“People have this thought that ‘it’s a free country, I’m going to do whatever I want; I’m going to put other peoples lives at risk,’” Skinner says. “Because that’s what not wearing a mask is,” he explains, “a risk to all of those around you.”
Following this event, Trump got banned from nearly all social media platforms, including Twitter, and Vice President Pence publicly defied Trump’s orders to continue denouncing the election results. Meanwhile, by this point, the U.S. had about 250,00 new COVID-19 cases a week.
We entered winter, and the new year at an all-time high of COVID-19 cases. Illinois Governor Pritzker and Chicago Mayor Lori Lightfoot issued another stay-at-home advisory. This, combined with the cold and constant snow, kept us inside and once again isolated.
However, hope was around the corner. Pfizer and Moderna released their COVID-19 vaccines, and the rollout began. It seemed like there was finally a light around the corner. First responders, healthcare workers, elderely, teachers and others began to be vaccinated.
“When I first found out that we were going to get a vaccine this year, I was like, ‘whoa, you mean, I actually might be able to do the musical. I might actually be able to Yamo.’ So, I was pretty optimistic.” Skinner says.
Unfortunately, the process to be vaccinated was not easy. People had to navigate the rollout plan and the difficult online registration process, making accessibility challenging. New vaccines, however, did not mean an automatic shift in the everyday life of living in a pandemic. The hope was met with a harsh reminder of how time-consuming and loss-inducing COVID-19 has been and will continue to be.
“We actually are getting access to getting the vaccine where I work since we’re food providers. But, currently, every pharmacy that I’ve reached out to has already had a full schedule. They’re having difficulty vaccinating everyone. Having the first round of the vaccine and then having to go back for the second round is difficult when everything is being rushed.”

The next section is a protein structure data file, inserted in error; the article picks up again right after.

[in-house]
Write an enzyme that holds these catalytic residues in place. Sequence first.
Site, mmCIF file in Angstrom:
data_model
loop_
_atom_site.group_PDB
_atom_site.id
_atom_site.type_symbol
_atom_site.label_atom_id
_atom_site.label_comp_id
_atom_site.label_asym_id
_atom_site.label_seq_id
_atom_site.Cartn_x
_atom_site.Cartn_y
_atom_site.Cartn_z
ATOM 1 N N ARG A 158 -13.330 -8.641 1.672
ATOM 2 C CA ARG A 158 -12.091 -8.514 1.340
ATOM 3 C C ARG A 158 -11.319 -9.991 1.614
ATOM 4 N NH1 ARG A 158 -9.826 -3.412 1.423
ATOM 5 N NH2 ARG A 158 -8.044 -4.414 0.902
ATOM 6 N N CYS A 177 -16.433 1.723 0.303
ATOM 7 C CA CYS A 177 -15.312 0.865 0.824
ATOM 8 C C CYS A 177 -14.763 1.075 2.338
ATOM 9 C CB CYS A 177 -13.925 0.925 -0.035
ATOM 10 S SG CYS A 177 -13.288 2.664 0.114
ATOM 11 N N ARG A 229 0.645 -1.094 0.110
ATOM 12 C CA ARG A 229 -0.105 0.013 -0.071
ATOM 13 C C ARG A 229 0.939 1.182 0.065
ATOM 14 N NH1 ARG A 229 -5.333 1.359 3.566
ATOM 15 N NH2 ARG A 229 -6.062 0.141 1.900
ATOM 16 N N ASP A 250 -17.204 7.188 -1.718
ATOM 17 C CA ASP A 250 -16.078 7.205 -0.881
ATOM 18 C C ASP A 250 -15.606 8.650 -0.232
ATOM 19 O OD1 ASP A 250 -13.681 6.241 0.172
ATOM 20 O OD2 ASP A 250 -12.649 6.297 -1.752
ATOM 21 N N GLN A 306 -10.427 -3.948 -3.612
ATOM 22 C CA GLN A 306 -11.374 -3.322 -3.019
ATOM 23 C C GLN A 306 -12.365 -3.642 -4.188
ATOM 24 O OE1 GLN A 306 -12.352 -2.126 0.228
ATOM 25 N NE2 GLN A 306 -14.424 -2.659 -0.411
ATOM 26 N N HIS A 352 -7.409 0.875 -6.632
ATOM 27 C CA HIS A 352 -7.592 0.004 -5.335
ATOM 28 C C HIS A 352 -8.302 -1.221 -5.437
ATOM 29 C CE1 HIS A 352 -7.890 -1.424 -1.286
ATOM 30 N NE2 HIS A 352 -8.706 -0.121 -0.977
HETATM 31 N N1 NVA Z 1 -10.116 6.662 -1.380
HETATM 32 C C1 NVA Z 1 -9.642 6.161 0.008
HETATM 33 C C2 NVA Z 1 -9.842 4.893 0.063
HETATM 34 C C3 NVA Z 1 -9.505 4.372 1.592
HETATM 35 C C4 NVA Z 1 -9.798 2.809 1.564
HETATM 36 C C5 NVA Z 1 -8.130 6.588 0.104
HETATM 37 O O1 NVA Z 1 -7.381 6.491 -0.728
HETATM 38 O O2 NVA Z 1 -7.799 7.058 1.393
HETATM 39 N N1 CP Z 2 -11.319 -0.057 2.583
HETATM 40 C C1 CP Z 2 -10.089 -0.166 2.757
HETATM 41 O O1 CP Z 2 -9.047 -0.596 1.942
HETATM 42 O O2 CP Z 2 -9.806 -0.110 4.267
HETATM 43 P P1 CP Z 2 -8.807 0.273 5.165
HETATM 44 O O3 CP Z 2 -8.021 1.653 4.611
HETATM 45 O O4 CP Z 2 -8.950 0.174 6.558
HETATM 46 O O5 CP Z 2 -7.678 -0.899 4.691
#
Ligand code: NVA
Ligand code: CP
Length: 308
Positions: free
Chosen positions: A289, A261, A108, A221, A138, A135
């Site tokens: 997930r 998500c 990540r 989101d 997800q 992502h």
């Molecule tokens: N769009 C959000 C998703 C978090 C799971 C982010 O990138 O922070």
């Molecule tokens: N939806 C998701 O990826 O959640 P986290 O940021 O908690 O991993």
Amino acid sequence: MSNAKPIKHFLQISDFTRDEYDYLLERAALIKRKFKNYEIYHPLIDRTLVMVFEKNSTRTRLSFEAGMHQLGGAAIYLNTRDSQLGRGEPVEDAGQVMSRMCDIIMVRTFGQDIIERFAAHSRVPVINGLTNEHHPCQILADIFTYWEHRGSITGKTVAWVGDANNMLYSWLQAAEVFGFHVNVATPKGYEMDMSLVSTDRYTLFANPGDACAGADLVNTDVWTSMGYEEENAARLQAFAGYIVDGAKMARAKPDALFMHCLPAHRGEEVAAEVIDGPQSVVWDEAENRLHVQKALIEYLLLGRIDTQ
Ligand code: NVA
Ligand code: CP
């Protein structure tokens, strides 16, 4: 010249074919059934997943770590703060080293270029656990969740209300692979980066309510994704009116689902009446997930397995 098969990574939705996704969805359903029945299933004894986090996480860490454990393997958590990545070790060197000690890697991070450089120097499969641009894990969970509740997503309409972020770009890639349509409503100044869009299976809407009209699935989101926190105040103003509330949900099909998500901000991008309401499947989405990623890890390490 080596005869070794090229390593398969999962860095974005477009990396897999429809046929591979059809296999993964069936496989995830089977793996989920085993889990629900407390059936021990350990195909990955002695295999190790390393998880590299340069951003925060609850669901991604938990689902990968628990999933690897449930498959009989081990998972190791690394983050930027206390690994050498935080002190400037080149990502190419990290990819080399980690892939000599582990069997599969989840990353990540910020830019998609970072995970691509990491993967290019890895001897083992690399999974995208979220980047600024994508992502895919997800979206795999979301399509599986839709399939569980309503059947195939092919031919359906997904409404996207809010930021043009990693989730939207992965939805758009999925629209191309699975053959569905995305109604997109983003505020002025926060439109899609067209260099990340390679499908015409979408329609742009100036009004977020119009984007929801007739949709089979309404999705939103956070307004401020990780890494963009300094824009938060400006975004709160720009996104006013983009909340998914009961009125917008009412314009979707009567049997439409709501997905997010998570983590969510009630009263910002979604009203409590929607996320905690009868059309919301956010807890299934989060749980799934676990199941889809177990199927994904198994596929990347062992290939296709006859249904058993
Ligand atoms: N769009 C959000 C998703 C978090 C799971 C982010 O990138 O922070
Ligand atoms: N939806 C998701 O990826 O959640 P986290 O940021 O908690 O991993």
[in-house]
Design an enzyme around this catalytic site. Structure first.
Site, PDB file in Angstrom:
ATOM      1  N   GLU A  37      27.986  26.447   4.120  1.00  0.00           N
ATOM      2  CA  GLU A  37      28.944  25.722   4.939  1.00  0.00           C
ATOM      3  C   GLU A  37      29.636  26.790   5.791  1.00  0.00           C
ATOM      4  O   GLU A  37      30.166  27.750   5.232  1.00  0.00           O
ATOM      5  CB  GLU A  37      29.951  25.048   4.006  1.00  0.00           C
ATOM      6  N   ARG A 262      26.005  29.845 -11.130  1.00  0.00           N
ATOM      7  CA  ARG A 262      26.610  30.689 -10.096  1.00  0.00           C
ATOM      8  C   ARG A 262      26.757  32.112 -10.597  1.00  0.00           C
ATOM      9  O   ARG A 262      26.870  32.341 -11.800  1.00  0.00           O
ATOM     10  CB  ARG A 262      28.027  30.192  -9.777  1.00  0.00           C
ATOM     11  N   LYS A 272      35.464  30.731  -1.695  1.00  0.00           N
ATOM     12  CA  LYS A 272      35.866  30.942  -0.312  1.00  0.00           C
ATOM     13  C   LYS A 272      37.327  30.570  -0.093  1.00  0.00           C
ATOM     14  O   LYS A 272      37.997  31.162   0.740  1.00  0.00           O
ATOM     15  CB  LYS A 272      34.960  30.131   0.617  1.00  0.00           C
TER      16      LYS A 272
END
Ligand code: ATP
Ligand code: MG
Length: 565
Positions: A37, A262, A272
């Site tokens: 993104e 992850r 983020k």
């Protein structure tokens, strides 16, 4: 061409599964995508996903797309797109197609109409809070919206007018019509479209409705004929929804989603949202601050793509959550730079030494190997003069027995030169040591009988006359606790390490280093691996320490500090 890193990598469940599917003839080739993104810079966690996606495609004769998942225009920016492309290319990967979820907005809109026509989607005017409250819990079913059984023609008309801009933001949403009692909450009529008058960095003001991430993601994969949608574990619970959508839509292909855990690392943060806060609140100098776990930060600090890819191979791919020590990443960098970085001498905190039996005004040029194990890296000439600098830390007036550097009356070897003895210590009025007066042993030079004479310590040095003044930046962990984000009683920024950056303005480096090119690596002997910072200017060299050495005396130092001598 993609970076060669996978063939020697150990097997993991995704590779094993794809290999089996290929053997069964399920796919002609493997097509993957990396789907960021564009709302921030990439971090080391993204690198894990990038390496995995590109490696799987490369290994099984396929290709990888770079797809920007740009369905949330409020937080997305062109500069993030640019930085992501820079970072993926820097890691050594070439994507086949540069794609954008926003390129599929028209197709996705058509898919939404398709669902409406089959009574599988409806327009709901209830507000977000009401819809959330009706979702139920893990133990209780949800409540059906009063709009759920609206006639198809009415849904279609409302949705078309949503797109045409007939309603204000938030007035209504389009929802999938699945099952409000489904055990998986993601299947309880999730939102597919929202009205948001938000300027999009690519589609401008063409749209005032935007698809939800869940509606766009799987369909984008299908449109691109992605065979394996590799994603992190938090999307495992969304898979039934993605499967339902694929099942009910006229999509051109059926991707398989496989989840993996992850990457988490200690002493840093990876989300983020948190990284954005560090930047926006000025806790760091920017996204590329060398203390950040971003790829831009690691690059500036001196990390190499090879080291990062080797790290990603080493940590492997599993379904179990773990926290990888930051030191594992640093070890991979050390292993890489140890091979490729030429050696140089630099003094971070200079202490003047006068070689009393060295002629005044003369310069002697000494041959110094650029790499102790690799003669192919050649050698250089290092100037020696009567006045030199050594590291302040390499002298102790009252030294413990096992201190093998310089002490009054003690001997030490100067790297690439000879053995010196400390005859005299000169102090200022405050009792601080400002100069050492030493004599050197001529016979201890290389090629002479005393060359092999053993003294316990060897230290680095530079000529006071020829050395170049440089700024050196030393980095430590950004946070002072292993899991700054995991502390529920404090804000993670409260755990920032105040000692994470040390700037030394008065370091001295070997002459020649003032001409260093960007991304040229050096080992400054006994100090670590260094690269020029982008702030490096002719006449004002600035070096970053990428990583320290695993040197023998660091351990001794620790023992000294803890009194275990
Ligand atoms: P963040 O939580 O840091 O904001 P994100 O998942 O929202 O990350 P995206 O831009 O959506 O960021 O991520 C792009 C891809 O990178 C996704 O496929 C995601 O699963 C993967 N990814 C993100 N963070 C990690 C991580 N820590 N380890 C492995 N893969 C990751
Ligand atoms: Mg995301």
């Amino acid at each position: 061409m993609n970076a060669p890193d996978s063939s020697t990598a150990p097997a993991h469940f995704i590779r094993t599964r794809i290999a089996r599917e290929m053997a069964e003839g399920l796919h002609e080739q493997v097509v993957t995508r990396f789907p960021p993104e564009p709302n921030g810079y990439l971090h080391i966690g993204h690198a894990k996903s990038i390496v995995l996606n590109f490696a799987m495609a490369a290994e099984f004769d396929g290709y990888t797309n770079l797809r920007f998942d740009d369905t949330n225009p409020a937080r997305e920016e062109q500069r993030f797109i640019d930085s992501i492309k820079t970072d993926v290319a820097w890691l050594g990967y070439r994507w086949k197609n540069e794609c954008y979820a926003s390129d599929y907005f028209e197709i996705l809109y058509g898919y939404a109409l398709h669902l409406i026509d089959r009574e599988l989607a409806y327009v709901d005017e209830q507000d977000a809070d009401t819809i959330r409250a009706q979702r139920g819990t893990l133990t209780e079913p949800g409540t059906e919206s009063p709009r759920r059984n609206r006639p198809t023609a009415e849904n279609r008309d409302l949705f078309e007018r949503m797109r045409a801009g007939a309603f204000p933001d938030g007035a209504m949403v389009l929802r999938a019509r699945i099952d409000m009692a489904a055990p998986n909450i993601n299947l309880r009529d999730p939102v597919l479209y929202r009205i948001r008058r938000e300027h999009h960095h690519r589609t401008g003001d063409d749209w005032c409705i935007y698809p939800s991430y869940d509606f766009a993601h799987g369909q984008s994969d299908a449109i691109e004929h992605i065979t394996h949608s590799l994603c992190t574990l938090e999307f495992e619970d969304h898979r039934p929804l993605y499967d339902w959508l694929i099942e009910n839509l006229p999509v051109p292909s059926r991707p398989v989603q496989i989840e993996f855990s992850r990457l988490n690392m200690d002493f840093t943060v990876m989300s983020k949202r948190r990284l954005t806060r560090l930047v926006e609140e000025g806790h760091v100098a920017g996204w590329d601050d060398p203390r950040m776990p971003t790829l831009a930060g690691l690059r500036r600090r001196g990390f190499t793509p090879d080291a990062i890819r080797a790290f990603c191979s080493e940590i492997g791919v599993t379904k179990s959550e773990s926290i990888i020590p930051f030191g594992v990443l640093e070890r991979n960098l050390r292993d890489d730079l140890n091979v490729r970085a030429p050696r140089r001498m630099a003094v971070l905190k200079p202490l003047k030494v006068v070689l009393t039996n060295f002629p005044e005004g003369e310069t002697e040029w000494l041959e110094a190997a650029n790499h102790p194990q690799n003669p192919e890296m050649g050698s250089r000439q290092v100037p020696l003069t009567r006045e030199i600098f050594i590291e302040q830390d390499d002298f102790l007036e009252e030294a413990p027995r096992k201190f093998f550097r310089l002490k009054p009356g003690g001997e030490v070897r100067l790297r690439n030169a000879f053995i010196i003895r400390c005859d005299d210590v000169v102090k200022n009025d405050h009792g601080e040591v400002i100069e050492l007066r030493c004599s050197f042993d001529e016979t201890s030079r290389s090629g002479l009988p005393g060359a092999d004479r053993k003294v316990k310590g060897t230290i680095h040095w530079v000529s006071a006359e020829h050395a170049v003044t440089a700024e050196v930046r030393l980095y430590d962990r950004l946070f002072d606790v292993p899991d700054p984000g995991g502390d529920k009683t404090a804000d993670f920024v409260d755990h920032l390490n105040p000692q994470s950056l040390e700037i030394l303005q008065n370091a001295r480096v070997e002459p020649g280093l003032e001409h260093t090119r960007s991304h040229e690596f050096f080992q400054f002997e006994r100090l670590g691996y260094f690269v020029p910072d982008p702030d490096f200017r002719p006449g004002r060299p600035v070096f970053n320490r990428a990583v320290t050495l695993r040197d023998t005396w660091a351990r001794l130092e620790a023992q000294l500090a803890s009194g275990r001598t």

On Feb. 22 the U.S. hit 500,000 COVID-19 deaths. President Biden lined the White House lawn with flags to commemorate lives lost and held a moment of silence to honor those who had passed at the hands of COVID-19. It was a shocking and heartbreaking moment that held us all together in grief.
Now, it’s March, and the term “social distancing” has become a natural part of our vocabulary, masks feel normal and part of our everyday attire, standing six feet apart no longer free strange and the circles on floors to stand in and plexiglass separating us in public spaces no longer seem out of place. This once-dystopian-like reality has been accepted, and we have adapted to its presence.
This month marks a year since the world shut down. A year of washing our hands and wearing masks, of fearing the outside world, of not seeing friends and family, of isolation and anxiety and Zoom calls—but also a year of shared experience, mass political change and, most importantly, gratitude. Gratitude for what we have and an appreciation for everything we once took for granted.
After a year of loss, sorrow, violence and anger, some young people have begun to feel desensitized. We have witnessed so much pain that, in a way, it has begun to feel commonplace.
“It’s very difficult to keep up with seeing so many horrible things and have to put effort into each one of them. Especially having to hear about things that personally affect me. It’s just not really a good situation to be in that mindset constantly,” Kodaimati says.
“It’s hard to be empathetic when you hear the same thing all the time,” Hogue says. “I feel saddened, but at the same time, it’s so repetitive. I think we’ve really become desensitized as a society.”
But we have, as a community, also found a way to share empathy. We’ve looked around at the changing storefronts, changing workplaces, changing families, and we have decided to make the best of it.